Robert Forwerck is a TA for CS 6795: Introduction to Cognitive Science. Keep reading to learn more about Robert!
What do you do professionally?
I do not currently work a full-time job; rather, I work two part-time jobs. The first is as a student in the OMSCS program; the second is as a TA in the OMSCS program.
Prior to my enrollment in OMSCS in Fall 2021, I worked for four years at a local dry-cleaning business in the greater Charlotte, North Carolina area. Initially, my responsibilities were characterized by customer service and garment pre-processing, which involves the sorting and inspection of clothing garments prior to cleaning. However, during my time with the business, I was able to discover inefficiencies and remedy them through the development and implementation of two Windows desktop applications. Through this work I was able to teach myself the building blocks of a desktop application, acquire experience with software development through evolutionary prototyping, and foster a liking for computer science which eventually led me to OMSCS.
Why do you TA for OMSCS?
In short, I TA for OMSCS because I took CS 6795: Introduction to Cognitive Science. The course combines my two favorite academic disciplines: philosophy and computer science. As a long-time student of philosophy, I am keenly aware that every academic discipline in existence was born from organized critical thought, and thus from philosophy. What I did not realize until taking CS 6795 was how intertwined the two disciplines are currently—and in a very exciting way.
For example, consider how ubiquitously applicable Machine Learning is increasingly becoming along with how recently it solidified as an academic discipline. Now consider that Machine Learning is a result of Cognitive Science theory. What will the next big breakthrough in AI be?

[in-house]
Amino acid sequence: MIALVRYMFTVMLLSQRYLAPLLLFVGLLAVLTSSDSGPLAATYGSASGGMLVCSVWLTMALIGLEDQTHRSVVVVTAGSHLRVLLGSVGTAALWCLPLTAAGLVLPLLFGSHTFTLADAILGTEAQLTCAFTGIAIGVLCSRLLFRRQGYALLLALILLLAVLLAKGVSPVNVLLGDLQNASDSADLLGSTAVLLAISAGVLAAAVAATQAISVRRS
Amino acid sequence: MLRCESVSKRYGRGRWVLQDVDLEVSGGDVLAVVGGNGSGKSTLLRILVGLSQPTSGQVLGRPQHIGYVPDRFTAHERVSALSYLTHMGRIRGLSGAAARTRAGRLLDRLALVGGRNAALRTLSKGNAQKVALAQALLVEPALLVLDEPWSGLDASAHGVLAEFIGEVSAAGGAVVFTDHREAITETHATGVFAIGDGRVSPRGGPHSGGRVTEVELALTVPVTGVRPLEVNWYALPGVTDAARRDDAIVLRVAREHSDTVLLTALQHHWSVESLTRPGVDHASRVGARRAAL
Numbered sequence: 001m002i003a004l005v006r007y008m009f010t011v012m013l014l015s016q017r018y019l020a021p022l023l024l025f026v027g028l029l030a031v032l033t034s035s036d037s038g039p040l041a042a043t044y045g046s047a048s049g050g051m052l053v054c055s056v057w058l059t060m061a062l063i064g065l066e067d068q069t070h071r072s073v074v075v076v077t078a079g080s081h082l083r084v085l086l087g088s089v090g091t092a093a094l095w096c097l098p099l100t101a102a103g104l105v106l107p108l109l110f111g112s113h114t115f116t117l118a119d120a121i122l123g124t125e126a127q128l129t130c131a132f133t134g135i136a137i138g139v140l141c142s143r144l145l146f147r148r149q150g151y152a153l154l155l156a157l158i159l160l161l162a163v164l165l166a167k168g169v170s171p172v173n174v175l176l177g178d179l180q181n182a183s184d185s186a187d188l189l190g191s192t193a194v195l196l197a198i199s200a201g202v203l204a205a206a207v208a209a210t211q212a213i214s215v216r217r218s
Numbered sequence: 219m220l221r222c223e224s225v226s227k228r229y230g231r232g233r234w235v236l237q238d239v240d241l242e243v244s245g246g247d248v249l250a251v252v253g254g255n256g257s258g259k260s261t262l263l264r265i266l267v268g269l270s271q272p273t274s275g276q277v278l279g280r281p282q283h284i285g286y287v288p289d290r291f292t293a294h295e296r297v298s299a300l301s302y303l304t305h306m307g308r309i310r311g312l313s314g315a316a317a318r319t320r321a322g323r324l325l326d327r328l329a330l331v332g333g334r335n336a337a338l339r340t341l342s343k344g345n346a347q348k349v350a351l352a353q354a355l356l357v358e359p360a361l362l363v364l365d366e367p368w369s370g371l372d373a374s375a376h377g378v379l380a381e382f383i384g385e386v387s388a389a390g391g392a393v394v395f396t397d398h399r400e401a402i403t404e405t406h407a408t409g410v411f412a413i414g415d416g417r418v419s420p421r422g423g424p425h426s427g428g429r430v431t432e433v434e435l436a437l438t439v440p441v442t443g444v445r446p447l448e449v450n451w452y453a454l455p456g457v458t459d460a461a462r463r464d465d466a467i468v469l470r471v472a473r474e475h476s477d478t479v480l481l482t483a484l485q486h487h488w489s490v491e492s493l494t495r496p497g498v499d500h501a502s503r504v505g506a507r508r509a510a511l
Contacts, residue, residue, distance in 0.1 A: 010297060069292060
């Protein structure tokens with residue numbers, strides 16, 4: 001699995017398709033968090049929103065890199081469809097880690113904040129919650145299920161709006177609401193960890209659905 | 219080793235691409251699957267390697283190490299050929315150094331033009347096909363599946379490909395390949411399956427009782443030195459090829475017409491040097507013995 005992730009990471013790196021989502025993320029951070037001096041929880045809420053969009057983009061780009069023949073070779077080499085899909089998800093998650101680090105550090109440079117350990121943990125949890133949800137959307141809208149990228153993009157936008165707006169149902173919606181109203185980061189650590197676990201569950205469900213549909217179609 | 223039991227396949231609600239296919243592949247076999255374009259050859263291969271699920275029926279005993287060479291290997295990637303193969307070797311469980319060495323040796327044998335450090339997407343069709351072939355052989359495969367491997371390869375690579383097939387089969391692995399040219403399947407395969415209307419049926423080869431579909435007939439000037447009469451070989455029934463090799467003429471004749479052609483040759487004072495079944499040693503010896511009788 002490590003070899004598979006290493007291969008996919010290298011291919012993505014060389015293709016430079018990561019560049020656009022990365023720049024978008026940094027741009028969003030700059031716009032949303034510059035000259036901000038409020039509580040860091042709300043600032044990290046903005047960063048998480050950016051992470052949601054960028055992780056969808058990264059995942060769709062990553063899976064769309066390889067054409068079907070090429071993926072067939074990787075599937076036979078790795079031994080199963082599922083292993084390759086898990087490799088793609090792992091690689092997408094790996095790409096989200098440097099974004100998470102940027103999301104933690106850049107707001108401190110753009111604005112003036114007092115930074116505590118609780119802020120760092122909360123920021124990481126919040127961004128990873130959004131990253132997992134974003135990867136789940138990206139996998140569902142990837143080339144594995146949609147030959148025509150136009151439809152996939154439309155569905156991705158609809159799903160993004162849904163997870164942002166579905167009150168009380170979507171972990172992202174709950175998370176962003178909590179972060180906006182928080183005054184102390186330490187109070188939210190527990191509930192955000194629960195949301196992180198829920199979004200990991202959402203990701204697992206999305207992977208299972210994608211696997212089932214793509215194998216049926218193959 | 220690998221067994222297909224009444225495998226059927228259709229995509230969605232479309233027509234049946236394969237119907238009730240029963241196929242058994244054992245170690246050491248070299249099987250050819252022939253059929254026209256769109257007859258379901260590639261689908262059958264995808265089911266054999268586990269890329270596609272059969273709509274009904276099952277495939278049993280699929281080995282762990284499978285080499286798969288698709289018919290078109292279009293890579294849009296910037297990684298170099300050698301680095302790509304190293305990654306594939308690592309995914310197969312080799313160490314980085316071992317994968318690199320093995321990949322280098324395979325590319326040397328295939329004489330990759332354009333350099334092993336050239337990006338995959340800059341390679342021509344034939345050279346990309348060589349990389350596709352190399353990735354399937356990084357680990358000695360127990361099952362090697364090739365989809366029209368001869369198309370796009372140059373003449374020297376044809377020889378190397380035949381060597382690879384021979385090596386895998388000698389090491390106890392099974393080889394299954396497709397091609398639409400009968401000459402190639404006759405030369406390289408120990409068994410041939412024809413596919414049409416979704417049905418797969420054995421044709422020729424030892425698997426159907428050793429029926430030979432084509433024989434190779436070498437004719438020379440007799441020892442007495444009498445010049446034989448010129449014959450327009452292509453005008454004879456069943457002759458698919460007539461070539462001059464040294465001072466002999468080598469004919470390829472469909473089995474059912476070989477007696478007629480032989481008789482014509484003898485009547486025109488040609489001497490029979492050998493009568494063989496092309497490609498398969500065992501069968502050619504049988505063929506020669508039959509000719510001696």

What is your advice for future OMSCS students?
I have noticed that the weekly time commitments for OMSCS courses on OMSCentral are largely underestimated. Keep this in mind when choosing courses and deciding whether or not it is wise to retain a full-time job while earning an MS in CS.
One of the most common misconceptions of the program is that it is some sort of MS-lite degree, so to speak—that it is somehow designed to conform to a schedule with other full-time responsibilities. In my experience, this is not the case. Even taking one class at a time, there will be times where you will need to prioritize work and sacrifice learning.
Why do you think that anyone interested in AI should take a course in Cognitive Science?
With the exception of the KBAI course offered through OMSCS, AI courses tend to only teach the practice of creating AI agents and algorithms. Cognitive Science differs because it approaches the topic of AI from the lowest parts of its foundation by asking questions such as:
- What does it mean for something to be artificial?
- What is intelligence?
- What does it mean for an entity to be intelligent (use intelligence)?
It might not seem obvious, but mulling over questions such as these holds the potential to make anyone a better AI engineer by helping to solidify an understanding of what AI ought to be.